When Screen Forum was born out of a couple of open meetings in London in late 1991, one of the strongest-felt priorities for attention was the future of the BBC. The first fruit of this concern, a one-day conference at Riverside nearly a year later (preceding by three weeks the delayed publication of the Government’s Green Paper on the future of the BBC) happily succeeded in bringing BBC employees and independent programme-makers into dialogue together.
The growth of the independent sector is one of the main differences from the last time the renewal of the BBC Charter came up in 1981. But the ground has shifted in other ways too, for over the same period the ideology of the market-place has colonised the language of public debate. As Stuart Hall put it at Riverside, even in his institution of the Open University the language in which public issues are discussed has undergone a complete shift. Probably no-one had changed their political allegiances, he said, but everyone speaks differently: ‘we have been internally reconstructed’.
Market-place language, and its incompatibility with the liberal language of old patrician values, is one reason for the crisis of leadership at the BBC, which is not resolved by the departure of Michael Checkland, the accountant who was appointed Director-General in 1987. The crisis was first publically aired in two major speeches last simmer by Michael Grade and David Attenborough. Attenborough attacked the idea going about that the BBC ought to withdraw from the fill spectrum of programme-making and concentrate on the ‘higher ground’ (the so-called ‘Himalaya option’). This, he said, would rob the BBC of the widespread popular support which has made the licence fee acceptable. Grade accused the BBC of dangerous political appeasement likely to threaten the survival of the Corporation. Now that John Birt has taken over after 18 months waiting in the wings, and is able to speak his mind, nothing is any clearer. ‘An outward-looking, audience-centred perspective’ is the boss-eyed formula Mr Birt now offers.
Most people at Riverside agreed when Hall argued that the loss of nerve at the corporate centre of the BBC is a failure to perceive how, as the old public service broadcasting model disintegrates, it can be adapted. Channel 4, a television publishing house instead of a programme factory, offered a model of what public broadcasting might mean in contemporary conditions. (Of course, he could also have mentioned Carlton.) But here the conference saw two positions emerge. For whilst everyone agreed that to keep the space of public broadcasting open and free of commercialism was vital, some speakers felt the main object was just to defend the BBC and secure the licence fee, and this was the best that could be achieved.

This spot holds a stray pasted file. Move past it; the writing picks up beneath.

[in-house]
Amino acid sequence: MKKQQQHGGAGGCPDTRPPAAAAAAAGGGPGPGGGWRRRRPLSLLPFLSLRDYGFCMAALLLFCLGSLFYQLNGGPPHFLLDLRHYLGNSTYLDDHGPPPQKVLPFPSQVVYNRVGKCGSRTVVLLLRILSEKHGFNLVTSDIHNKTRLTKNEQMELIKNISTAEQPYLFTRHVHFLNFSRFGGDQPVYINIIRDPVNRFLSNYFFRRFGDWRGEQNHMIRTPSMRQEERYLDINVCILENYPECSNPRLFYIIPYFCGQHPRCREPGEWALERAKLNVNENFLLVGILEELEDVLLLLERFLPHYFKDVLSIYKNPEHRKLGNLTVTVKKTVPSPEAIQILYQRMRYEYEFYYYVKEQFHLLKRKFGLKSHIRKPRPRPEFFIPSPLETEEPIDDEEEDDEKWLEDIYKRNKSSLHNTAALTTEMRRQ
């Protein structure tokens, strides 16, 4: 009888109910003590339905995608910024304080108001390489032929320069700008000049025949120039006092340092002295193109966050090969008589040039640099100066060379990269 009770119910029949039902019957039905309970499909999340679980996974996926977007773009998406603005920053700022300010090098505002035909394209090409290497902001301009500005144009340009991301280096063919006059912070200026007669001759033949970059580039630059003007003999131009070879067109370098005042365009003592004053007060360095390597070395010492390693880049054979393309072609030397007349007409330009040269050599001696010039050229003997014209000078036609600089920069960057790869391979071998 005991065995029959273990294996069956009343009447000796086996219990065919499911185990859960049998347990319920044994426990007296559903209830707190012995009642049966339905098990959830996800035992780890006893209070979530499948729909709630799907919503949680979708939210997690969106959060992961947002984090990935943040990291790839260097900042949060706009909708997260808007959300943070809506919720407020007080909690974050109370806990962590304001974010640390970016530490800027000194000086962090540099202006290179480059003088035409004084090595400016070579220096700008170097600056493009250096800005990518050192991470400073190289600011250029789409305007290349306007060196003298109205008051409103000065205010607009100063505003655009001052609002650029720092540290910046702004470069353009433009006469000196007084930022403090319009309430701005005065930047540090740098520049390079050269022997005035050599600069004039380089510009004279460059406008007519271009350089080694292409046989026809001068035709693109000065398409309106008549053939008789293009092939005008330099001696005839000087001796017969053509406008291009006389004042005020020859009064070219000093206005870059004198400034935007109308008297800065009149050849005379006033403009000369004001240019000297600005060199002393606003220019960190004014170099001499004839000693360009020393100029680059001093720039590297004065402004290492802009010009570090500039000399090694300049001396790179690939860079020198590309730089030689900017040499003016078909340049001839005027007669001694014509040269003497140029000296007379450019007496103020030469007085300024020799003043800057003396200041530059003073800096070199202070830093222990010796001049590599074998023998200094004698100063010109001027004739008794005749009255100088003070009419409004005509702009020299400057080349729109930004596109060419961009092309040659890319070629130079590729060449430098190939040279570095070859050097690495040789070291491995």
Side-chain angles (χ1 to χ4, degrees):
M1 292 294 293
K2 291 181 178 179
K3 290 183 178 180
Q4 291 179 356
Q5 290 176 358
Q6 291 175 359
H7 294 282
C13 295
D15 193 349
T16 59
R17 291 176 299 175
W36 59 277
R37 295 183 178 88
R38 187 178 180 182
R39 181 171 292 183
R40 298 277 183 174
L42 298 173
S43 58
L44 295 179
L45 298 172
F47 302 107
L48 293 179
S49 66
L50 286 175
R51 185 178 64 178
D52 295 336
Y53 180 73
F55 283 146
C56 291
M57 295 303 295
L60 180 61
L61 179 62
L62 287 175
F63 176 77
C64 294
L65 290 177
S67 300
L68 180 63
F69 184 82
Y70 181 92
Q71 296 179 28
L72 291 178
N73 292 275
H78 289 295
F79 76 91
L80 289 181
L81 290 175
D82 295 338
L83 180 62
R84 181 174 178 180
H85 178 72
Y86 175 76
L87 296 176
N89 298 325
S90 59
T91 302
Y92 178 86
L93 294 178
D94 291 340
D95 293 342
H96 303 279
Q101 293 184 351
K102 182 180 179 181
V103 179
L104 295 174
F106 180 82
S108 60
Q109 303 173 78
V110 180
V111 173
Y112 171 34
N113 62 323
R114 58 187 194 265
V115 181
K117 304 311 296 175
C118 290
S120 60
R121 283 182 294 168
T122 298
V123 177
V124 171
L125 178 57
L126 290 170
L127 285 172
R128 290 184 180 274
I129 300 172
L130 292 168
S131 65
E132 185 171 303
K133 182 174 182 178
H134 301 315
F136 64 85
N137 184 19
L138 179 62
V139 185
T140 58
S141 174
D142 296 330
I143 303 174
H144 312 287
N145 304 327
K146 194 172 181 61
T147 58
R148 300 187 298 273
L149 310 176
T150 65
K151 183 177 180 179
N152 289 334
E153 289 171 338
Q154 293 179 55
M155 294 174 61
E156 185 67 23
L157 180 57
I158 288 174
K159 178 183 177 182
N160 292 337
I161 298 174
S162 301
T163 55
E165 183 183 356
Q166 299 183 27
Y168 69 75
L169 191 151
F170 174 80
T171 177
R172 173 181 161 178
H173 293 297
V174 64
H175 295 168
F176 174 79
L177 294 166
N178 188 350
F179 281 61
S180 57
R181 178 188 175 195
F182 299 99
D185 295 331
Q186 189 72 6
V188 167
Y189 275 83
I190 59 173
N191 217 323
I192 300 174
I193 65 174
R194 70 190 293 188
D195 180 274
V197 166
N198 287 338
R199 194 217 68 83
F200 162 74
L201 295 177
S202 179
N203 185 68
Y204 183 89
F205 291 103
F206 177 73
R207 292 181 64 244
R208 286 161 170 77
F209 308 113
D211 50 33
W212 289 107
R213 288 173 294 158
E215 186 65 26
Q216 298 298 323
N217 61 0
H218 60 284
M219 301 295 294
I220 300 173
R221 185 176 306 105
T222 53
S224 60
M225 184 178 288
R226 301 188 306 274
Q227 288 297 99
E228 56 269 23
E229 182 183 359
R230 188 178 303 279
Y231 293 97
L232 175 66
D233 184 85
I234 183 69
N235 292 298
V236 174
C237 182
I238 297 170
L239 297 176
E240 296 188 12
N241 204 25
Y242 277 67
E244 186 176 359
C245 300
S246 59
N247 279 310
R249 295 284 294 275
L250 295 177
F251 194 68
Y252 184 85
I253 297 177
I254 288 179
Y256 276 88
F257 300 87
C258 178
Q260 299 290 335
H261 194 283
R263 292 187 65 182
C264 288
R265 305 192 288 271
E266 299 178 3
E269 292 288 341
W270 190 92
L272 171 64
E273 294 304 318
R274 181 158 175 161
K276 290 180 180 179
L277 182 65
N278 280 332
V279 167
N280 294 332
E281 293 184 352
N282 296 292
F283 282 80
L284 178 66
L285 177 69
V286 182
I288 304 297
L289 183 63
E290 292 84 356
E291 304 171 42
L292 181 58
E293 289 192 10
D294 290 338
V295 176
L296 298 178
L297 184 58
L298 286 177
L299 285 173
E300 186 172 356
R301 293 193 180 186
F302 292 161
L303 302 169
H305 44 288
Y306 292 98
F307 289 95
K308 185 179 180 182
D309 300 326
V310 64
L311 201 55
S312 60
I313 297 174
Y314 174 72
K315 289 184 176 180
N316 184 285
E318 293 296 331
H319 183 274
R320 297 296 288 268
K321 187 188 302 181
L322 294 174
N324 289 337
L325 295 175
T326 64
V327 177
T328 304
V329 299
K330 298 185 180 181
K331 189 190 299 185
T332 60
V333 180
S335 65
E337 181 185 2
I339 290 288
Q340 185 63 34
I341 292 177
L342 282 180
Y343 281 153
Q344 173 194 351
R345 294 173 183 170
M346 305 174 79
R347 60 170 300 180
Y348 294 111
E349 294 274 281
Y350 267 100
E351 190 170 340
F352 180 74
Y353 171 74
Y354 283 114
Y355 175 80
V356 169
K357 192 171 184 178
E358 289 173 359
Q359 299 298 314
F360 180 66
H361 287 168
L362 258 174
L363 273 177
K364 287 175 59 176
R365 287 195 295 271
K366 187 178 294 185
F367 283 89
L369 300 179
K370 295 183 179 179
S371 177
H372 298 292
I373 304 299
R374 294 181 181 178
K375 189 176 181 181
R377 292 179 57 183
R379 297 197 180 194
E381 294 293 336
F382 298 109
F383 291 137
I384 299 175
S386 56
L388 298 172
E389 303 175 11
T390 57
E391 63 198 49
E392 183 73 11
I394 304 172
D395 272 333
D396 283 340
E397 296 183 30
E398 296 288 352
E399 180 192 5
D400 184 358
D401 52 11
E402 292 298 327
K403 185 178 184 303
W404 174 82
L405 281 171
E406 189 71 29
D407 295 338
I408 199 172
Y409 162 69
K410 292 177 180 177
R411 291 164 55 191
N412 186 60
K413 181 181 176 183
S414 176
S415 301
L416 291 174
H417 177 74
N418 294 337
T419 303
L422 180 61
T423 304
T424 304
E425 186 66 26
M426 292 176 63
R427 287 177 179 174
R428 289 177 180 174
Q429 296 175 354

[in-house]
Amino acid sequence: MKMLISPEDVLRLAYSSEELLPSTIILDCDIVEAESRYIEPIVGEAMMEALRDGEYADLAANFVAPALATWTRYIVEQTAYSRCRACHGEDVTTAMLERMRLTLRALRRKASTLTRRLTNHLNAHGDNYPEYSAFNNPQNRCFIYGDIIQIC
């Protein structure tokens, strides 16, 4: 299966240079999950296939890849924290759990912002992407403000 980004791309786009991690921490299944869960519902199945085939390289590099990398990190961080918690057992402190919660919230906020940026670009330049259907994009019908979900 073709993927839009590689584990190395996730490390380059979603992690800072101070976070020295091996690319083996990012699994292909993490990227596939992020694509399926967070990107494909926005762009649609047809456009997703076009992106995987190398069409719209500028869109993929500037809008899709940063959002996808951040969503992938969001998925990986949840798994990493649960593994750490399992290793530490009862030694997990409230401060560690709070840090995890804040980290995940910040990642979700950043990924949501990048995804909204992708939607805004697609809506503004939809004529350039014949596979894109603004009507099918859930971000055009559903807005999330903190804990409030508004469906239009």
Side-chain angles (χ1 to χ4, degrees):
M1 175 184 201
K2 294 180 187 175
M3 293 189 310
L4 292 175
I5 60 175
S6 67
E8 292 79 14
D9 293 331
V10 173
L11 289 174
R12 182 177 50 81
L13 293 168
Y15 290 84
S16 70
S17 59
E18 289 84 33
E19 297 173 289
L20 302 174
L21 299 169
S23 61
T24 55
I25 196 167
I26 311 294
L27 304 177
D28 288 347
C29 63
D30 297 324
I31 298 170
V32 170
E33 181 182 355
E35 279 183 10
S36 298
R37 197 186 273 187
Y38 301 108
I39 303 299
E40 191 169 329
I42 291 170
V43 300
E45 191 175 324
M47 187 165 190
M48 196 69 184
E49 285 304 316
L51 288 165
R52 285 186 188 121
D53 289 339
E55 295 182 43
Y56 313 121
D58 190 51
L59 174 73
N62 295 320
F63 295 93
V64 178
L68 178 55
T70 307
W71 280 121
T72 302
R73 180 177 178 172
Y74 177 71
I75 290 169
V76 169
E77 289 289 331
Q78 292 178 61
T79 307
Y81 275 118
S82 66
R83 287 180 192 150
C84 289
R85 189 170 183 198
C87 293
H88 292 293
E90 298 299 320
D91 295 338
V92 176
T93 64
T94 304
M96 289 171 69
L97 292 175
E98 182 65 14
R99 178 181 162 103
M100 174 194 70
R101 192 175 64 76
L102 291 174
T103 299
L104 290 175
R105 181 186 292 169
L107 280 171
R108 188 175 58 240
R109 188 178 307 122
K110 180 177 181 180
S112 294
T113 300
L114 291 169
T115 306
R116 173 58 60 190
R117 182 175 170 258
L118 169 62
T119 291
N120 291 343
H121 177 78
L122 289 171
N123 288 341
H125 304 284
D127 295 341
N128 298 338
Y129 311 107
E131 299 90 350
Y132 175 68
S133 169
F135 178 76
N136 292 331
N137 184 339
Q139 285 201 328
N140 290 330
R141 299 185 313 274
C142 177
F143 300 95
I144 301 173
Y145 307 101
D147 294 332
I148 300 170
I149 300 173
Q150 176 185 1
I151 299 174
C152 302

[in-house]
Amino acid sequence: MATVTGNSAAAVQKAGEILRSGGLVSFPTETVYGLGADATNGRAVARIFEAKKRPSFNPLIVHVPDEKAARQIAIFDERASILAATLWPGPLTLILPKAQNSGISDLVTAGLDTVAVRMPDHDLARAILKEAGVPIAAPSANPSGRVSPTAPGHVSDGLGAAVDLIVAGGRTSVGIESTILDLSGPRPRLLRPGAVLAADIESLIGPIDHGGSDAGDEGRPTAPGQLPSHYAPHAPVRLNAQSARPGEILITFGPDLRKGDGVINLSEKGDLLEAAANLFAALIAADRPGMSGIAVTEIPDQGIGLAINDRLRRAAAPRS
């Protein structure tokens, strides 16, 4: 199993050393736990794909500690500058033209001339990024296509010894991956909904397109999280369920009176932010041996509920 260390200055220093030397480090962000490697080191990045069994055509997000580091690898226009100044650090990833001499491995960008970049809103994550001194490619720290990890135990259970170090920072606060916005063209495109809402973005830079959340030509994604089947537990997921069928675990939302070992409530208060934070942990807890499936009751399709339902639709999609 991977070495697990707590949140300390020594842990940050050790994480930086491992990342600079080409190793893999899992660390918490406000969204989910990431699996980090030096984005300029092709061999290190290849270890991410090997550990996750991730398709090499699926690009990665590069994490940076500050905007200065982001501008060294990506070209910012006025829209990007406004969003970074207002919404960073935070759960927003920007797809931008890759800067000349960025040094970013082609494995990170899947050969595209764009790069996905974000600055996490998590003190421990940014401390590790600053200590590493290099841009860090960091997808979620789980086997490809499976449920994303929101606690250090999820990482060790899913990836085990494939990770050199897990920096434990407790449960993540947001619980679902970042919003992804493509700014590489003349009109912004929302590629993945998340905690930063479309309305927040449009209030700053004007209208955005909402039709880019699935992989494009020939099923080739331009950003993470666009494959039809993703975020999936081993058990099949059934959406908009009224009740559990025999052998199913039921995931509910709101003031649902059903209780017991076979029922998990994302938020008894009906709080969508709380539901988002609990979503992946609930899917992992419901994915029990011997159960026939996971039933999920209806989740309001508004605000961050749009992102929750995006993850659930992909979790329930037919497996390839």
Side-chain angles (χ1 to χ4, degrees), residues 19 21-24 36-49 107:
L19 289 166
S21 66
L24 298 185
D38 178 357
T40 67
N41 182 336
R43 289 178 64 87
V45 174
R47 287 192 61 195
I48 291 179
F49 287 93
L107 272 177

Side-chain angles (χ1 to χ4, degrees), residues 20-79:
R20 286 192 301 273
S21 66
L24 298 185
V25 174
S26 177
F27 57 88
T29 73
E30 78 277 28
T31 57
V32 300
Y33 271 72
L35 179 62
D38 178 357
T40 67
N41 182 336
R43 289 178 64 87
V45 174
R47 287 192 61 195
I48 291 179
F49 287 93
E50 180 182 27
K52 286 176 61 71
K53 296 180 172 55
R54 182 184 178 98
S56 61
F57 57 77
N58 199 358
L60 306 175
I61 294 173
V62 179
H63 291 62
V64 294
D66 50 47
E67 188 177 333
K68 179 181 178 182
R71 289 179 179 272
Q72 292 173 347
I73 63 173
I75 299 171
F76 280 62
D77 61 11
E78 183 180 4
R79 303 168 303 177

However, Hall (who someone later proposed as an eminently suitable BBC Governor) argued something more: it was not a question of defending the institution as it is but the space which it ought to occupy. While the old rationale of public service broadcasting formulated by Reith is now unworkable and needs to be rethought, the essence of the matter is still the same: public service broadcasting is educative: it brings society into dialogue with itself. Today, as Isaac Julien and Parminder Var pointed out, this requires, among other things, an end to the ghettoisation of multiculturalism. But even if the new definition leaves out all the old paternalist ideological wrapping, no new model of public service broadcasting will be possible, Hall averred, unless the licence fee can be guaranteed.
All this was extremely useful in mapping out the terrain, but still indicates only part of the changes in the last couple of decades. Brian Winston told us about what he called ‘the significant absence in the debate’: the US experience, which proved that more channels did not mean more audience, increased revenues, or more programme choice. The market is not elastic and, white it’s good for diversity of brands, it is hopeless at diversity of product. Thus the defence of the BBC is vital in order to defend the quality and range of television.
Roger Bolton, from the franchise-loser Thames, argued that the conference should not produce a list of specific demands, but call for a Public Inquiry. But what would be its terms of reference? And what language would it speak? The linguistic perversions produced by market-place speech tend to disguise the real nature of the market. The term ‘independent’, for example, has become almost meaningless. Ironically, it was Channel 4 which first made it so. Back in the 60s and 70s, people who worked on their own account selling their skills and services on the market, were called freelancer. There were quite a lot of them around Soho even then. When Channel 4 started up, Jeremy Isaacs and his team encouraged the expansion of this sector by enticing many top BBC contract programme-makers to take the plunge and ‘go independent’. Freelancers now became what the advertising industry calls independent ‘creatives’. But the underlying relationship is the same: freelancers were sub-contractors, selling their specialised creative skills. Sub-contracting remains the game, but the sub-contracting units have got larger. The end result is that ‘independent’ now means any programme maker, whether large or small, who doesn’t have their own transmitter.
Some speakers approved the BBC’s recent attempts to come to terms with this market-place of programme-makers. But the mechanism devised for this purpose, which Checkland’s representative at Riverside, David Docherty, Head of the TV Planning and Strategy Unit, himself called the ‘dreadful dragon’ of Producer Choice, came in for a great deal of criticism. Brian Winston called it ‘spurious entrepreneurialism’, misconceived because it didn’t operate with real market prices but invented ones. Ken Trodd, Philip Donnellan and others attacked it as ‘an obscene and offensive misnomer’, since producers once had a lot more real editorial choice than now. Besides, in devising Producer Choice, no-one asked the producers what kind of choices they really wanted.